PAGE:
Thursday, May 5, 2016
How would you like a private look into the creative journals of all your favorite concept artists and fantasy painters? Award-winning art director Jon Schindehette is putting together a gorgeous, well-bound book, and he's doing it to benefit the artists and to give the backers a thing of true beauty and mystery.
Participating artists include Gerald Brom Iain McCaig Allen Williams Laurie Lee Brom Sean Murray Karla Ortiz Sterling Hundley Craig Elliott Bill Carman,Jon Foster Ron Lemen Vanessa Lemen Mark A. Nelson Tony DiTerlizzi Filippo Vanzo, John-Paul Balmet Petar Meseldzija, Rob Rey Stephanie Law Reiko Murakami John Picacio Kinuko Craft, Alyssa Winans, John Harris, Andrea Sipl, Bastien Lecouffe Deharme, Bud Cook, Chuck Lucacs, Elizabeth Leggett, Eva Widermann, Filippo Vanzo, Galen Dara Smith, Grahame Baker Smith,George Pratt, Henrik Uldalen, Ian Miller, J.A.W. Cooper, Jessica Shirley, Kelly McKernan, Micah Epstein, Mike Yamada, Nekro, Richard Anderson, Rob Rey, Rovina Cai, Samuel Araya, Sho Murase, Stephanie Pui-Mun Law, Tommy Arnold, Tooba Rezaei, Tracy Lewis, Tuna Bora, Yukari Masuike, and me—and that's not even everybody.
This is the kick-ass campaign that you'll be glad you kickstarted, and if you miss out, you'll kick yourself later.
Posted by James Gurney at Thursday, May 05, 2016
Wednesday, May 4, 2016
A while back I'm sketching on the street in San Juan, Puerto Rico, not far from a fancy hotel. A guy wearing old clothes comes up and sits quietly near me.
We don't talk much at first. But after a while he tells me he's an artist, too. I ask if I can sketch him, and he says, sure. He says he played bass in all the jazz clubs from New York to New Orleans.
This is the kind of spontaneous encounter that I'll be documenting in my next video called "Portraits in the Wild," which should be finished in a month or so.
Tuesday, May 3, 2016
Fidelia Bridges (1834-1923) was one of the few commercially successful female artists of the late 19th and early 20th centuries. She was a student of William Trost Richards, who encouraged her to paint detailed views of nature.
Her sensibilities resonated with the newly emerging technology of color printing, called chromolithography, published in the form of album cards and greeting cards by Louis Prang.
Album cards were treasured color images intended to be glued into a scrap book.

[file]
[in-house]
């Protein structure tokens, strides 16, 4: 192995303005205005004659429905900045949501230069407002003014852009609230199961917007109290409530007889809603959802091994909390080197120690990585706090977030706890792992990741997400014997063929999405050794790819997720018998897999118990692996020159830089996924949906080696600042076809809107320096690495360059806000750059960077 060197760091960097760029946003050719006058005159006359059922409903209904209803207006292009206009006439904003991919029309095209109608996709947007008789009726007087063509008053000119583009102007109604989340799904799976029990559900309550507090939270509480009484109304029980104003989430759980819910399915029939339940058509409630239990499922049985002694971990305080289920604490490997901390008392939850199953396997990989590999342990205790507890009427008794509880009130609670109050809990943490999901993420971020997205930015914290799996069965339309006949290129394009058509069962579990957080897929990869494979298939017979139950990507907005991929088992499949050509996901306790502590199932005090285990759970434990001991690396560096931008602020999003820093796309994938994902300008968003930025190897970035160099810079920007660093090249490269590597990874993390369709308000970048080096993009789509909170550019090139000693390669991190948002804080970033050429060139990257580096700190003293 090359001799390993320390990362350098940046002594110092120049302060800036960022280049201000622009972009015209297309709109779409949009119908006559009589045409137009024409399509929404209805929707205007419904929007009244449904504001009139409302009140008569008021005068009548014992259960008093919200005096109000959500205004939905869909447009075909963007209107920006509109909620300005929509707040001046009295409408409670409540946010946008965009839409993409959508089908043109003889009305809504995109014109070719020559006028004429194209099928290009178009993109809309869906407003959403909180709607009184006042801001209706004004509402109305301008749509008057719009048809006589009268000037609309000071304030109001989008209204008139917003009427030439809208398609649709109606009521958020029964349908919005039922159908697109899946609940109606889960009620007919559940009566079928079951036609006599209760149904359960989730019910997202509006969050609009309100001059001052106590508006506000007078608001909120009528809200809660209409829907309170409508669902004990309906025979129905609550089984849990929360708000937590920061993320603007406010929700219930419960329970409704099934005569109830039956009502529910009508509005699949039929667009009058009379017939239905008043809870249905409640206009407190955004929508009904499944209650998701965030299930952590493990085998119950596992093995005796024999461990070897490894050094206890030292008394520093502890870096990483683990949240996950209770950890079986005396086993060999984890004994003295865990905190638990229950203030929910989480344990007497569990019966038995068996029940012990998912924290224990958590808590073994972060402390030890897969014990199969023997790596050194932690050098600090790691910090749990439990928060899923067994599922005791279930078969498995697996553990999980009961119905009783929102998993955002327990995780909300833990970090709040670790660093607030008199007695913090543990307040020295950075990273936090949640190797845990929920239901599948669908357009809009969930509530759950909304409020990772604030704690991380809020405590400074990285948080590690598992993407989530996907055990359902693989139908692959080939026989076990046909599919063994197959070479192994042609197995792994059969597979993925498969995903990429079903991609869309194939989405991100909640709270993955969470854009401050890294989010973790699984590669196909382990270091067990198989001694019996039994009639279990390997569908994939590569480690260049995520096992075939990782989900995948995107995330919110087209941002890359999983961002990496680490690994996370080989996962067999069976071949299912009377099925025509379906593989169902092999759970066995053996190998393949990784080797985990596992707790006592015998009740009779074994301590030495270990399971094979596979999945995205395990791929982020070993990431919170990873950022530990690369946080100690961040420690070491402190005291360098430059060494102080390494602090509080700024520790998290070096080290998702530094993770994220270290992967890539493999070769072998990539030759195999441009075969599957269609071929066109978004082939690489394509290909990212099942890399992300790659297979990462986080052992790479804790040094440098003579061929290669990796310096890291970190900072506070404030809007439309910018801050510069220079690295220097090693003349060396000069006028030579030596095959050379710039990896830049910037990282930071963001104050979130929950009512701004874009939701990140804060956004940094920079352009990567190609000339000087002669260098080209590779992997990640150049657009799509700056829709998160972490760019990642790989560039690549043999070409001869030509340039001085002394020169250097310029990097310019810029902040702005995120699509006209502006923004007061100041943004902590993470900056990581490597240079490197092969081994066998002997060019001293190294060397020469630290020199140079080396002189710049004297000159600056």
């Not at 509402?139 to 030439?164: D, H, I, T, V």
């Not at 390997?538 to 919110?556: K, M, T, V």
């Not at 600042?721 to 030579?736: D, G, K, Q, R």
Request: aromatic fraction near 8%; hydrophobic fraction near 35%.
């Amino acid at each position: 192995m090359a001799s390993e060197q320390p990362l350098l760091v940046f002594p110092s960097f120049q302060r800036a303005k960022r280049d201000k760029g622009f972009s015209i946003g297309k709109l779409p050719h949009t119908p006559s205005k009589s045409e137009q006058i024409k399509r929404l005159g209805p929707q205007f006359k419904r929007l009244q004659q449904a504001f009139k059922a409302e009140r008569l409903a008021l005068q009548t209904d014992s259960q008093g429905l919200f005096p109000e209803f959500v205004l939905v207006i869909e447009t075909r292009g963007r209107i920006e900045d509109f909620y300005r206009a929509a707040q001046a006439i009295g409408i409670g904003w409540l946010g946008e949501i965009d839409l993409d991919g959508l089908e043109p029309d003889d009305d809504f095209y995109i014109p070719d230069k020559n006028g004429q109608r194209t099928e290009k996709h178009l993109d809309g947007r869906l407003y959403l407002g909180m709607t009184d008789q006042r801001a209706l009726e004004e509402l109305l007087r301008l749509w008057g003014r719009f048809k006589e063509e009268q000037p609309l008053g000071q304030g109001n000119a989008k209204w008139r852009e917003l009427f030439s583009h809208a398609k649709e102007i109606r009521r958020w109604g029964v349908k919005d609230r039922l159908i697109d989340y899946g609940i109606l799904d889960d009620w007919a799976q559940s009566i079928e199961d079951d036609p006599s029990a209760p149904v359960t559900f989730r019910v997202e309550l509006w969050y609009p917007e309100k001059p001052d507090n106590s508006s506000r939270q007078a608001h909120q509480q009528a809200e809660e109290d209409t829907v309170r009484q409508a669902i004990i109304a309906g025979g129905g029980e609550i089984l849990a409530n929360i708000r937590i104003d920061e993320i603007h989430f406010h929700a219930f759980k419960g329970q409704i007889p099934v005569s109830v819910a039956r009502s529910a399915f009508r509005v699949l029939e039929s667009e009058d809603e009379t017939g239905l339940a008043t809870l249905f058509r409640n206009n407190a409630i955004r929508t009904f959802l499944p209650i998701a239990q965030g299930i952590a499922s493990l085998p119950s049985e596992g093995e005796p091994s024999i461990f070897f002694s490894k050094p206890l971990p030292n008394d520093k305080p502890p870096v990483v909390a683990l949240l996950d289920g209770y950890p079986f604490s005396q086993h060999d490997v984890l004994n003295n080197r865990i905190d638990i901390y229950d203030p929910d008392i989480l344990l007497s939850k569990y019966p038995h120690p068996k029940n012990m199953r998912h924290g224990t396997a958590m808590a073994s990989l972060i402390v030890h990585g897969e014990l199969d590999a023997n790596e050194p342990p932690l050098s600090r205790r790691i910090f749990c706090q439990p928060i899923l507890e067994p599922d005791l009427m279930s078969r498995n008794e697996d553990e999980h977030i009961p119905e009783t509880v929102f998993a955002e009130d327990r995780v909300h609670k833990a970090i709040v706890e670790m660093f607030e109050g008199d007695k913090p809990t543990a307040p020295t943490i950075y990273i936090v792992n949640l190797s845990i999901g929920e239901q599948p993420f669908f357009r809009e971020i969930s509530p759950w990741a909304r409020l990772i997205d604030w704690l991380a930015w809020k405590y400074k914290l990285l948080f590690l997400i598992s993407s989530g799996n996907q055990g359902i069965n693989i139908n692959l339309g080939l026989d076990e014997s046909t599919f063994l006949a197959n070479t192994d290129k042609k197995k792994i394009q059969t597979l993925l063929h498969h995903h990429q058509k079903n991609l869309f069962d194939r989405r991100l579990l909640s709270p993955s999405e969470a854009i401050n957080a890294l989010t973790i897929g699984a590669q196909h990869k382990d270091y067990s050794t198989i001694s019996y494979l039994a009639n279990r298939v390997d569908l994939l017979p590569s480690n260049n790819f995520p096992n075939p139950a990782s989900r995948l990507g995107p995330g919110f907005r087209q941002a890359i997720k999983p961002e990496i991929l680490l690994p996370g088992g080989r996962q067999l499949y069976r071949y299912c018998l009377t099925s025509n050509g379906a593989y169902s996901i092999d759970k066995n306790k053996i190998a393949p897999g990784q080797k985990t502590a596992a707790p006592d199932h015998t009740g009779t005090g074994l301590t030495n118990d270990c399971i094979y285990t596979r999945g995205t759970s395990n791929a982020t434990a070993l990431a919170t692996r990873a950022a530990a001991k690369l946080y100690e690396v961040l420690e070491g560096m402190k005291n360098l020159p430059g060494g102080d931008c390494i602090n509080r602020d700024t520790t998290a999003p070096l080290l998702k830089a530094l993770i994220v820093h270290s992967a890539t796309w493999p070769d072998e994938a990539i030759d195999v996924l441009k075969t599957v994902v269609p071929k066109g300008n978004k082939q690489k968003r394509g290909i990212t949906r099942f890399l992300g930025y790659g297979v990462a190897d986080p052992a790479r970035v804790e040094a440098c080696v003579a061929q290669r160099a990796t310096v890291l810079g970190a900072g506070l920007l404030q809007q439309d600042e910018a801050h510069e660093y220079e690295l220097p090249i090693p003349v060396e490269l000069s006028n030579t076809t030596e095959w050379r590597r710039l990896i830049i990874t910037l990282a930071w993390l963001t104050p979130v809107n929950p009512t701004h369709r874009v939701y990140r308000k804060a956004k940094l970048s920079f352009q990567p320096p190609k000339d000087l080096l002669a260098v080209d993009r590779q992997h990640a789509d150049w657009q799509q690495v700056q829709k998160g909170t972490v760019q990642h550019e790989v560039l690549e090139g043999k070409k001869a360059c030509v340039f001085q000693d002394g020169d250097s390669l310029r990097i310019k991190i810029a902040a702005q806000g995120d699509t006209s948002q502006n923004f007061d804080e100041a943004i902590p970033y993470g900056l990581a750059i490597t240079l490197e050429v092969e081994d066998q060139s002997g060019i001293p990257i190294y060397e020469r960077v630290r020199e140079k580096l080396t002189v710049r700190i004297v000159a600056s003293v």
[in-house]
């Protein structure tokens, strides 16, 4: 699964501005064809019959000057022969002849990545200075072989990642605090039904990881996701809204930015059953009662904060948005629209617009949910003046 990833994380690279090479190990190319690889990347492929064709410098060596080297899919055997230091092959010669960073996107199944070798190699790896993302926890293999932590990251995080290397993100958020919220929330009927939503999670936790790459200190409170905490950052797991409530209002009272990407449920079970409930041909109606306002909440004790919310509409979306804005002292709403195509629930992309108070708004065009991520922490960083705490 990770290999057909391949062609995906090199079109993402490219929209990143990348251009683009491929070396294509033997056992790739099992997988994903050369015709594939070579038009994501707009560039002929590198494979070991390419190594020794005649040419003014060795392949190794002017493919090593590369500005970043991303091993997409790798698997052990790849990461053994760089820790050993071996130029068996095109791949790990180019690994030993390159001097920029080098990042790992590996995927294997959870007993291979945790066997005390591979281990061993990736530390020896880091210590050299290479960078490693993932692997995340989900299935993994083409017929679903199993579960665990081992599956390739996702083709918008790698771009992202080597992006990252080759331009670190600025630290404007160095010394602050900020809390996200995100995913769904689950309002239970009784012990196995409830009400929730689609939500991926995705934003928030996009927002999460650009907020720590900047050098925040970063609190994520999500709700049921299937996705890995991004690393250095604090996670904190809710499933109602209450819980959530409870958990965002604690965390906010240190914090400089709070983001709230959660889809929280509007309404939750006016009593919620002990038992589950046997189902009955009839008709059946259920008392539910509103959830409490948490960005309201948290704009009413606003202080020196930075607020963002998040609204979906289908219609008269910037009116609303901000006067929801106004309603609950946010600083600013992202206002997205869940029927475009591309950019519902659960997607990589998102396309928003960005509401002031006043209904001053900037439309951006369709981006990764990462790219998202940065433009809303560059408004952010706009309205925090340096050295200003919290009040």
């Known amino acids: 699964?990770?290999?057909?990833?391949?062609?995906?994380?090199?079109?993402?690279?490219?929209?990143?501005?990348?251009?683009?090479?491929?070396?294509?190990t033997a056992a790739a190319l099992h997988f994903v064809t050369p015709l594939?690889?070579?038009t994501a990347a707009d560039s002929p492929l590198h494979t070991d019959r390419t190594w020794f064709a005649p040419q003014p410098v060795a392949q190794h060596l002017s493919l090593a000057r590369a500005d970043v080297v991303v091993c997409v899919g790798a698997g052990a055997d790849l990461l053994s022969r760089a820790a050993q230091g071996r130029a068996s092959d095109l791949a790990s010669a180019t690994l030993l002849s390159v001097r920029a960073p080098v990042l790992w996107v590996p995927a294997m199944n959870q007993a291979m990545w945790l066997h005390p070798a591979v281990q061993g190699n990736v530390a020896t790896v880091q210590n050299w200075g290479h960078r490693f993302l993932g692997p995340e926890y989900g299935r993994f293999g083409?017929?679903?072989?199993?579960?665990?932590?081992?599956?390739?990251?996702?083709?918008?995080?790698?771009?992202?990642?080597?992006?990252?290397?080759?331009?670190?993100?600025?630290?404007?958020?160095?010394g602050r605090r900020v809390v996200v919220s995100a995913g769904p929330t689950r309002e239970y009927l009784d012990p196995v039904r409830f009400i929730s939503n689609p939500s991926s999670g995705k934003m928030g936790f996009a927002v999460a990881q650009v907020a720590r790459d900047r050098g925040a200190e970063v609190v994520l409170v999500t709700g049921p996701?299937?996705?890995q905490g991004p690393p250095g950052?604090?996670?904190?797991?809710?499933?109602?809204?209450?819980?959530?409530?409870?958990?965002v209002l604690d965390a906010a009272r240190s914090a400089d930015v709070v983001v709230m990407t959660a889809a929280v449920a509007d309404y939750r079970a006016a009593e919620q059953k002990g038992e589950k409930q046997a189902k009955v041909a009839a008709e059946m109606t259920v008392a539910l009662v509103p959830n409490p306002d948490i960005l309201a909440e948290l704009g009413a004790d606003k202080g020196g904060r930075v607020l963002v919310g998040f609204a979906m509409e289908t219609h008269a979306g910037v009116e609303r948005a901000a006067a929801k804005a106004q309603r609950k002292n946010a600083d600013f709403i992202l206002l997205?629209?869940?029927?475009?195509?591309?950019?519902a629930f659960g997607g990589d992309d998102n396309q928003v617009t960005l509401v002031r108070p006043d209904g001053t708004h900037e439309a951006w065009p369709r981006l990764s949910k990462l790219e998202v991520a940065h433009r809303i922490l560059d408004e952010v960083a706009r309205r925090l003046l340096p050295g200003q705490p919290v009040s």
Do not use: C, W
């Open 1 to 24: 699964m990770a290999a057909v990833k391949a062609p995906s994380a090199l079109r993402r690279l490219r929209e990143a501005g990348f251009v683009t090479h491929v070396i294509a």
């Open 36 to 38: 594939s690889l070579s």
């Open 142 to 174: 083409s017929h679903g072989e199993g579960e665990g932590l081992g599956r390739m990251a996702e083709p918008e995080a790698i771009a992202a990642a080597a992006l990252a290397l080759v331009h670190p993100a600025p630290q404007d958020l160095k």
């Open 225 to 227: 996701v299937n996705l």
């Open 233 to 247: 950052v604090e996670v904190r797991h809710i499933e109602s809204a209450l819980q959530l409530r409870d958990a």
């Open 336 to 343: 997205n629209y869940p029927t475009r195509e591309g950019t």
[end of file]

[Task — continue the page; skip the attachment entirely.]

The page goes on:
Bridges was influenced by Pre-Raphaelite art and Japanese prints. Often the scenes included a foreground bush or tree with a couple of birds, with a landscape view visible beyond.
These prints were immensely popular, and made her famous and well compensated, though some people in the day complained of the prints being overly saturated with color.
There's a chapter on chromolithography and the art of the late 19th century in the book The Artist's Garden: American Impressionism and the Garden Movement
Posted by James Gurney at Tuesday, May 03, 2016
Monday, May 2, 2016
|Jean-Louis-Ernest Meissonier The Smoker (A Man of the First Empire), 1873. |
Watercolor and gouache on paper. Overall: 13 7/8 x 8 5/8 in. (35.2 x 22 cm
|Meissonier. Approximately actual size|
The highlights on the pipe are very small, considering that the whole painting is the size of a piece of legal-size paper. Watercolor with gouache can be precise and highly descriptive if you take your time.
Download the large size file of the painting
Posted by James Gurney at Monday, May 02, 2016
Sunday, May 1, 2016
I don't mind being marooned somewhere, as long as I've got my paints. That's the subject of my new article in International Artist.
I don't know why, but the less choice I have in selecting a motif, the more successful I am. Maybe it comes of being forced to improvise.
International Artist (#109, June/July 2016).
Posted by James Gurney at Sunday, May 01, 2016
Saturday, April 30, 2016
Yesterday I visited the advanced-placement art students in Millburn, New Jersey. Under the guidance of teacher and artist Kathleen Harte-Gilsenan, they built maquettes of a variety of creatures.
When I got there, they lit and shot them and used them to inspire sketches in black and white gouache.
I did a demo in gouache, painting from a dinosaur maquette. I showed them lots of originals, and took them through some case histories of paleoart jobs, all the way from first thumbnail sketches to maquettes and comps to finished oil paintings.
We were lucky to have a surprise guest: Michael Mrak, gouache painter and Design Director for Scientific American. He brought in some originals from his collection, and he talked about visual communication from the perspective of magazine publishing.